Ecological Stations of the Cross

On the 1st of March, JRS volunteers and friends gathered to pray at the outdoor Stations of the Cross at St. Joseph’s Church. Traditionally, this 14-step Catholic devotion during Lent commemorates Jesus Christ’s last day on earth as a man. But this year, the Prayer Warriors Sub Committee decided to do something a little different. Agnes Peng who heads the Sub Committee tells us how she felt about a Stations of the Cross with an emphasis on ‘eco-conversion’…

The degradation of lands by fire and flooding, drought and rising sea water and climate disasters have resulted in greater forced displacements. It seemed fitting that we reflect on this unique ‘ecological’ Stations of the Cross. At each station, we pondered on the desperate situations of our brothers and sisters fleeing in search of safety from wars and climate change, and the many times migrants and refugees meet with hatred and obstacles on their journey. 

We learnt that by 2050, as many as 143 million people could be displaced globally due climate-related reasons. It is timely to recall how our small daily actions, while seemingly insignificant, are a part of billions of actions around the world that daily contribute to a culture of degradation. Instead of being part of the ‘problem’, we are challenged to examine our lives and find the courage to put a stop to actions which are destroying God’s creation.

Anita, one of our JRS volunteers felt that this year’s Stations of the Cross was a refreshing change from the more ‘traditional’ stations.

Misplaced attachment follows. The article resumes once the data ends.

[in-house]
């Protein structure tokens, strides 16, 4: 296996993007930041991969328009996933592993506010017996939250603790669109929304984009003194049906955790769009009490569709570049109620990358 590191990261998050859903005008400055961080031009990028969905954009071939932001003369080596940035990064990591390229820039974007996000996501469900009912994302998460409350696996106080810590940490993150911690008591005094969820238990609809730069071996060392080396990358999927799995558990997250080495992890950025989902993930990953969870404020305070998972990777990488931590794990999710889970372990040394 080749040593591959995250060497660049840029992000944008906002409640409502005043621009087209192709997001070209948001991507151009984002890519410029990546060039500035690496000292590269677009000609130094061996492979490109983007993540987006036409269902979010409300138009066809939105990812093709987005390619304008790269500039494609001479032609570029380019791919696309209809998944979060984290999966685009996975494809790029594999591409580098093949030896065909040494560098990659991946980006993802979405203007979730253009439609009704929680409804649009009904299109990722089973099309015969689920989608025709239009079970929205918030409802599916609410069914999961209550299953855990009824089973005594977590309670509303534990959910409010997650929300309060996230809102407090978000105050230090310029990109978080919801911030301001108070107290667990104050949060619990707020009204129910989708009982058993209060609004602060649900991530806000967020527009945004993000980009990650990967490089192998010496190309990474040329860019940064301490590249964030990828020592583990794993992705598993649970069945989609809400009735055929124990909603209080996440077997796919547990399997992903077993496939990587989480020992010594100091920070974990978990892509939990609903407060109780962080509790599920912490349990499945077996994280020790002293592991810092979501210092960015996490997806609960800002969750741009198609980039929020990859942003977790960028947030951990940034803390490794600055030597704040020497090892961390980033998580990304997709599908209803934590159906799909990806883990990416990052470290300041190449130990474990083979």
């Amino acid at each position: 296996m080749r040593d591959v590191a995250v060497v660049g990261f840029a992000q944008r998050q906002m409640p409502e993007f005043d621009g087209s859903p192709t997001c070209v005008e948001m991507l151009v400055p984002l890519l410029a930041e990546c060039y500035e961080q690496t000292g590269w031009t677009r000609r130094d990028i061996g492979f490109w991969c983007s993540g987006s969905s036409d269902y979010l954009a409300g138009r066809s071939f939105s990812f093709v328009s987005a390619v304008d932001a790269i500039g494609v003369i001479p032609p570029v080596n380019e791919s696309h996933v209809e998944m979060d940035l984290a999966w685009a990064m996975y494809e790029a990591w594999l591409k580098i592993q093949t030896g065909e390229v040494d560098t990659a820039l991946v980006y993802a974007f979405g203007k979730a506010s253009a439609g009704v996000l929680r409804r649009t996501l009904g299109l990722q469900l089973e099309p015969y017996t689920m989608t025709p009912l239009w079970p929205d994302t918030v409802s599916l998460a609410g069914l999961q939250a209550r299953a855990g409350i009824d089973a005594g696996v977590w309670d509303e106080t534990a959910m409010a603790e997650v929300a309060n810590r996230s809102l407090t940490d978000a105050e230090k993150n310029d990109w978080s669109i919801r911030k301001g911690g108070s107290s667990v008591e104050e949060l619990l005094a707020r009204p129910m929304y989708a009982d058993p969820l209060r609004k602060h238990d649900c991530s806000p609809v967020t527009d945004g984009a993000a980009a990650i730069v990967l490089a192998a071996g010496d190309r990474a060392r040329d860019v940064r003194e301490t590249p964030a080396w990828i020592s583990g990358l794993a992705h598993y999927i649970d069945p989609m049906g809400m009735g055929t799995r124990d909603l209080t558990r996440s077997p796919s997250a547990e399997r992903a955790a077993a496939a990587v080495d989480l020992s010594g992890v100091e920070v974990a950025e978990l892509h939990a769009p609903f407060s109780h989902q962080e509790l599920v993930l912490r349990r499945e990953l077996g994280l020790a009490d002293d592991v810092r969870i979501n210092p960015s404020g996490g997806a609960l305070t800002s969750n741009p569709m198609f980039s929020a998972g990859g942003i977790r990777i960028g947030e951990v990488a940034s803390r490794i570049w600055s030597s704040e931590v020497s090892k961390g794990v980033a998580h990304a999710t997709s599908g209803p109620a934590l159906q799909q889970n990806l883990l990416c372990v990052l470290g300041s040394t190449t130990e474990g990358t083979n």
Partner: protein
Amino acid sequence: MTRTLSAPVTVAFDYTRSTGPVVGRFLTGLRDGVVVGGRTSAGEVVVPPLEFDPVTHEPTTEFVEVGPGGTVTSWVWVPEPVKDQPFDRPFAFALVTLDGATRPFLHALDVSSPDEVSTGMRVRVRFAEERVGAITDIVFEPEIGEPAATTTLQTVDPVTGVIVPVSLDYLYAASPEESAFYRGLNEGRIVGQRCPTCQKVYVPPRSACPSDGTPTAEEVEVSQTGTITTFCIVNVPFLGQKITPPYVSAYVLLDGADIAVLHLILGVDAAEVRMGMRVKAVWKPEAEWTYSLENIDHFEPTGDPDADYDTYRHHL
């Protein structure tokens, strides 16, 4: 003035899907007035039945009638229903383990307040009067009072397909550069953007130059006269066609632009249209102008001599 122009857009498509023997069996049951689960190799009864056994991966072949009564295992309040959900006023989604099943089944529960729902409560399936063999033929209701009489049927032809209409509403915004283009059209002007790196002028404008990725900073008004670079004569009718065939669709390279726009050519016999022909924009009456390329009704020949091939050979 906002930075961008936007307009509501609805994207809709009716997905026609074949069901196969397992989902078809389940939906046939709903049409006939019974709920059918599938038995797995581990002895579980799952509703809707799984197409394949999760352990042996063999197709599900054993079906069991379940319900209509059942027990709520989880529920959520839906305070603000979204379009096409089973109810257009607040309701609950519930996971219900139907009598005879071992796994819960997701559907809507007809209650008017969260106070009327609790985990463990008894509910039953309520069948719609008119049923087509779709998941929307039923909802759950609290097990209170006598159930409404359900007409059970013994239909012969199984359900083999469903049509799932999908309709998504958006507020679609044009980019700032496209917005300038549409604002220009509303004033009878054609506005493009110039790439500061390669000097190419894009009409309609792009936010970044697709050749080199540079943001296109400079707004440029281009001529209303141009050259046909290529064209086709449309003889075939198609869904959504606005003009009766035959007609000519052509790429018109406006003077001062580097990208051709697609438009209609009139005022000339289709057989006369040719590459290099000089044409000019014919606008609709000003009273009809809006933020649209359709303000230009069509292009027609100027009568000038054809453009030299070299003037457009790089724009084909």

“Initially, I was a bit concerned about the heat and humidity as it was outdoors. However, it turned out to be a pleasant evening. The groups were well spaced out, giving everyone enough space to contemplate without feeling being too squeezed. The gentle walk was a breeze — and without distractions.

The ecological Stations of the Cross attempts to confront our various roles in the climate change catastrophe, while reminding us at the same time that it is the poor who suffer the most by our actions, especially through our greed and consumerism. The connection made good sense”.

By the time we reached the end of the Stations, night had fallen and the darkness seemed apt as we meditated on the last Station — Jesus is laid in the tomb.

The hope and light of the world has been laid to rest in a tomb, but it was only an interlude to the resurrection. The women of Galilee and faithful followers take the first lonely steps without Jesus by their side. Each year, millions of our brothers and sisters take their own lonely steps into new lands that are not always friendly to their arrival. Wherever this suffering is present in the world, there, the cross of Christ is mysteriously present. It is by this cross that light pierces through the darkness as those suffering wait in hope for the joyful coming of the Lord. In moments of darkness and suffering like these, we must learn to trust in God’s providence and not obsess over our own desires. (excerpt from the 14th Station)

As we closed the session, we prayed for peace and safety, especially for the most vulnerable and marginalized. I felt that this ecological Stations of the Cross was a meaningful way to remind ourselves of our responsibilities to Mother Earth as well as towards our brothers and sisters.